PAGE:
Georges-Michel sat in his recliner, a photo album on a mobile reading table with a little girl on his knee. The room wasn’t very big and two of the walls were nearly covered with books, there was a large window that looked out onto a well-kept garden.
The little girl, Babette, with her long light brown braided hair and smiling intelligent eyes, was around 6 years old. The elderly gentleman, her great-grandfather who was closer to 80 than 70, had pure white hair and an adoring smile that peeked through his white beard.
“Is that you Grand-père?” she pointed to a young man in uniform.
“Ah no, my dear Babette, that gentleman is my great grand-père!” So he’s your great great great great (hmm I think I’ve got enough greats!) grand-père!” he laughed.
The little girl looked at the photo in awe.
“Oh … so he’s very very old indeed!”
“Ah no, my little cupcake. He’s not old, he’s with the angels and of this I’m sure, he was the best grand-père in the world!”
“Ah no Grand-père. Of that I’m sure you’re very wrong! You’re the very best grand-père in the world!” she said and planted a kiss on his white beard. “I want to hear all about my great great great grand-père! Will you tell me about him?”
Jean-Claude was born in 1896 in the south of France. His mother and father had been teachers. When the war began he’d enlisted wanting to save his country from the invading German army. He’d been in the terrible battle of Verdun and refused to say even a word about it.
He’d married his childhood sweetheart, Marie-Claire once the war was over and had had a son and a daughter. His son, who had married young, had left for the war in 1943, never to return, his daughter-in-law died giving birth to Jean-Marie who was Georges-Michel’s father.
Jean-Claude had been an active man up into his mid nineties. When his wife had died (he’d been 82 at the time) he’d decided to move into an old folk’s village so that he was sure not to be a burden to his grand-children, although they’d protested.
Georges-Michel had always loved visiting with his great-grandfather. The old man would tell him stories about knights and sometimes about the world before automobiles and airplanes. And even as a teenager he continued to do so.
Up until a couple of months before he passed away he’d been perfectly lucid, his memory as bright as a new penny. The first signs that something might have been going wrong was when his great-grandson came to visit one day and he had said: “Et voila, mon petit chou, how’s your day been today Jean-Marie?”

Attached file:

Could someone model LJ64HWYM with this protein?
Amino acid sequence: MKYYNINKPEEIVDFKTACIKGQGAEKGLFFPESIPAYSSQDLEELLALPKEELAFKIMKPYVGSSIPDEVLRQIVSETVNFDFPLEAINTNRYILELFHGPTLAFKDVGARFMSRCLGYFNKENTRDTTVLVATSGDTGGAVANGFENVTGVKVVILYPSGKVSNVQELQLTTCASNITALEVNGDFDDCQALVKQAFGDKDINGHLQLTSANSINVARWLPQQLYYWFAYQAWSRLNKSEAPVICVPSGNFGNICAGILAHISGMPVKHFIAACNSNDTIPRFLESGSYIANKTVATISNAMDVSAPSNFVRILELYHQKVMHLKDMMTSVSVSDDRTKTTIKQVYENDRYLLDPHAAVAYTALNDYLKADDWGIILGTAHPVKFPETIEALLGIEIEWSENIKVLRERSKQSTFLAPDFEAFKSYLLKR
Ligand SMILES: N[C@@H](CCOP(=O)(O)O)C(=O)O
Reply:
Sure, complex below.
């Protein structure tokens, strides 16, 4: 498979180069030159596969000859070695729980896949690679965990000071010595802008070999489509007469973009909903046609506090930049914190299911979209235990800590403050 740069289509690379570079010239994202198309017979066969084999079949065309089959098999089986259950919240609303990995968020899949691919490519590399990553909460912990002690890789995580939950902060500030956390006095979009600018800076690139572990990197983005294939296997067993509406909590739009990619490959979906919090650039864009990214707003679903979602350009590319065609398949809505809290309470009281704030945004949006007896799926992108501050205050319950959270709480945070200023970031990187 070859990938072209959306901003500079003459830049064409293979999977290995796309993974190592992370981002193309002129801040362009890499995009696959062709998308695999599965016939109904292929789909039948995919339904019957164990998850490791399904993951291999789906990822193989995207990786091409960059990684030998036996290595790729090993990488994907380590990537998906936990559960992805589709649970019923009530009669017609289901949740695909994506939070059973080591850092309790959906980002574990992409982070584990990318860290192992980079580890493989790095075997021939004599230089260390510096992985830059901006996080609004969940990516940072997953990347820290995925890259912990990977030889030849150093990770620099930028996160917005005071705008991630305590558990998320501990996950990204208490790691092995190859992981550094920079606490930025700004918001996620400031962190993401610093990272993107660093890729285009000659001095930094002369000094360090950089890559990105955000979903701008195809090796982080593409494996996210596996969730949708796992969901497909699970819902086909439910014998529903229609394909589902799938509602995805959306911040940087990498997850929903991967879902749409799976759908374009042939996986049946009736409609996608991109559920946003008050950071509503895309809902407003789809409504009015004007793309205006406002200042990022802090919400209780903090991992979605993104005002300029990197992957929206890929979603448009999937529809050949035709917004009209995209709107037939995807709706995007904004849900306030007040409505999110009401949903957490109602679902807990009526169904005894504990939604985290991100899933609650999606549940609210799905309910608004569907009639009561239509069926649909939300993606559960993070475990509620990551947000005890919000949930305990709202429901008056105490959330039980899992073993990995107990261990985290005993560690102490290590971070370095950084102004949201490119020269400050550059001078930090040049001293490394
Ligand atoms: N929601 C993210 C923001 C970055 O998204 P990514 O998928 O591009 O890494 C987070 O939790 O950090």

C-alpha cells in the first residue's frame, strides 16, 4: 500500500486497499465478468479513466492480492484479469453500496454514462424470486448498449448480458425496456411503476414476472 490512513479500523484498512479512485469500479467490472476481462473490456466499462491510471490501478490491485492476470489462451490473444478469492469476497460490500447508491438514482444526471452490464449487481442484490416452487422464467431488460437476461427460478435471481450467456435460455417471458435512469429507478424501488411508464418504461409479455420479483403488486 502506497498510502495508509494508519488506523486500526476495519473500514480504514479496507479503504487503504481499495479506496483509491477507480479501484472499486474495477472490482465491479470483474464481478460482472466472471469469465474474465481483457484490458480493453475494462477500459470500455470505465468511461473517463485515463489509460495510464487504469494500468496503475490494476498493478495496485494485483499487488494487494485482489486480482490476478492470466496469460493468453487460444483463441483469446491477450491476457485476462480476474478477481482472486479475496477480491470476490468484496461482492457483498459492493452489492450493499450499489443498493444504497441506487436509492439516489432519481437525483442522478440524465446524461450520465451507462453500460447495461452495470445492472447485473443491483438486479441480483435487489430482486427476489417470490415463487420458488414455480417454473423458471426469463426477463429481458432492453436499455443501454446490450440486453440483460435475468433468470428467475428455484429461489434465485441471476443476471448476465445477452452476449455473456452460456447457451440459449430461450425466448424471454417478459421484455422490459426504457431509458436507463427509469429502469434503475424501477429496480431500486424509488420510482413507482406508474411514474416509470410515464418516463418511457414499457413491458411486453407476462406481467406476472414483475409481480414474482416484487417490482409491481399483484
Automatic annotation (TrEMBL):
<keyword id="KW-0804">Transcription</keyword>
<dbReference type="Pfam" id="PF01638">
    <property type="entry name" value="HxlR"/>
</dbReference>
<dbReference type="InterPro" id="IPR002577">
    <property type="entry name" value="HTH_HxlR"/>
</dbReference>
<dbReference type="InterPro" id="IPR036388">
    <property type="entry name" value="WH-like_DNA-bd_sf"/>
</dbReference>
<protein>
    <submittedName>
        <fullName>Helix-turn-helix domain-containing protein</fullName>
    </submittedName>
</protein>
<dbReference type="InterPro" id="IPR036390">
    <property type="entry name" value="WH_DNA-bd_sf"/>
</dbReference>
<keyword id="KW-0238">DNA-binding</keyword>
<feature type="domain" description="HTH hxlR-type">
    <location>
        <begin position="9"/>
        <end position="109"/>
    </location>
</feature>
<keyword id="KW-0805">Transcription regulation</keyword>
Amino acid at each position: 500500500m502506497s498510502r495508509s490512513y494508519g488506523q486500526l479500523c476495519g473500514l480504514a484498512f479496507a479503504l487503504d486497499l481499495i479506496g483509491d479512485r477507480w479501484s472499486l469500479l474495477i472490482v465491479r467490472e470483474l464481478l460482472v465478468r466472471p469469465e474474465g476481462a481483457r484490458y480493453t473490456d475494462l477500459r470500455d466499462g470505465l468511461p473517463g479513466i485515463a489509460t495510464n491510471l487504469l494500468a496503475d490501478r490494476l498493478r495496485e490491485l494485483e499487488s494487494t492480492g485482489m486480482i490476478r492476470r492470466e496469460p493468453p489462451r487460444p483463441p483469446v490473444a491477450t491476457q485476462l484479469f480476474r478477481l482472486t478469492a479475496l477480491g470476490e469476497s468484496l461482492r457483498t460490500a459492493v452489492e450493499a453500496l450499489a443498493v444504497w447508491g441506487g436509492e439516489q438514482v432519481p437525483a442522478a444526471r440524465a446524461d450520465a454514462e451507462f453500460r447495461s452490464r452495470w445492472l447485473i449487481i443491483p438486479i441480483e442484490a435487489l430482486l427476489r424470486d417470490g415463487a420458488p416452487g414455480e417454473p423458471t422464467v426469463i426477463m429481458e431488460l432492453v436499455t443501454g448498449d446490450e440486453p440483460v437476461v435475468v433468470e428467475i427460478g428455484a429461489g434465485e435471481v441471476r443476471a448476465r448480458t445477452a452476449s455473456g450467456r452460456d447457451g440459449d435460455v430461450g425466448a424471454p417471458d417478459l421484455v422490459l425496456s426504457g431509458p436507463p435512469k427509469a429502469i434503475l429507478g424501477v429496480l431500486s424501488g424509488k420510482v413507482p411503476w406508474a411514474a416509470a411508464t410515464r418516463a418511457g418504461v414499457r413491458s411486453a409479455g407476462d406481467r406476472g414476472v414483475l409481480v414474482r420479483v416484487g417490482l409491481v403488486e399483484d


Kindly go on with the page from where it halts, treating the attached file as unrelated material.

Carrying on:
Georges-Michel took his grandfather’s cheeks between his hands and gave him a kiss and said:
“Grand-père … it’s me Georges-Michel!”
The old man had looked into the young man’s eyes and smiled.
“Ah and so you are, my young man, and so you are!” and they’d laughed together at that great trickster, life.
Two weeks before he died, he had a massive stroke. He was paralyzed but his eyes were still intelligent and he could sometimes get his mouth to smile and say a word or two. It’d been sad to see such a vital soul trapped inside a body that had become a prison.
The night he died there was a terrible storm. Georges-Michel was taking his turn sitting with his great-grandfather. The sky was a constant flash of light … the thunder a continuous rumble as the sound echoed back and forth between the mountains.
Georges-Michel saw his grandfather’s eyes fly open with horror.
Behind those eyes, where Georges-Michel could not see, stalked a memory. The horror known as Verdun.
What once had been hilly green fields had become miles of trenches, which in the rain became muddy vermin filled pits of death. Separating the trenches was the burnt out nightmarish stretch of land covered in barbed wire, pock-marked where mortar shells had expoded, known as “no man’s land”. It seemed like a circle from Dante’s ‘Inferno’. Here and there a corpse, rotting, hung on the barbed wire.
Jean-Claude’s eyes saw the night being lit up by flares … heard the explosion of cannons, mortar and gunfire. Men were being blown up, once again, bits of them flung against the horror that was Verdun.
Georges-Michel took his grandfather’s hand, with the other carressed his cheek, turning those horror filled eyes towards him.
“Grand-père, it’s me, Georges-Michel.” he said it softly with a caressing smile in his voice.
The old man looked into his grandson’s eyes.
“Ah … and so it is mon petit chou.” He smiled, sighed in peace, closed his eyes and was gone.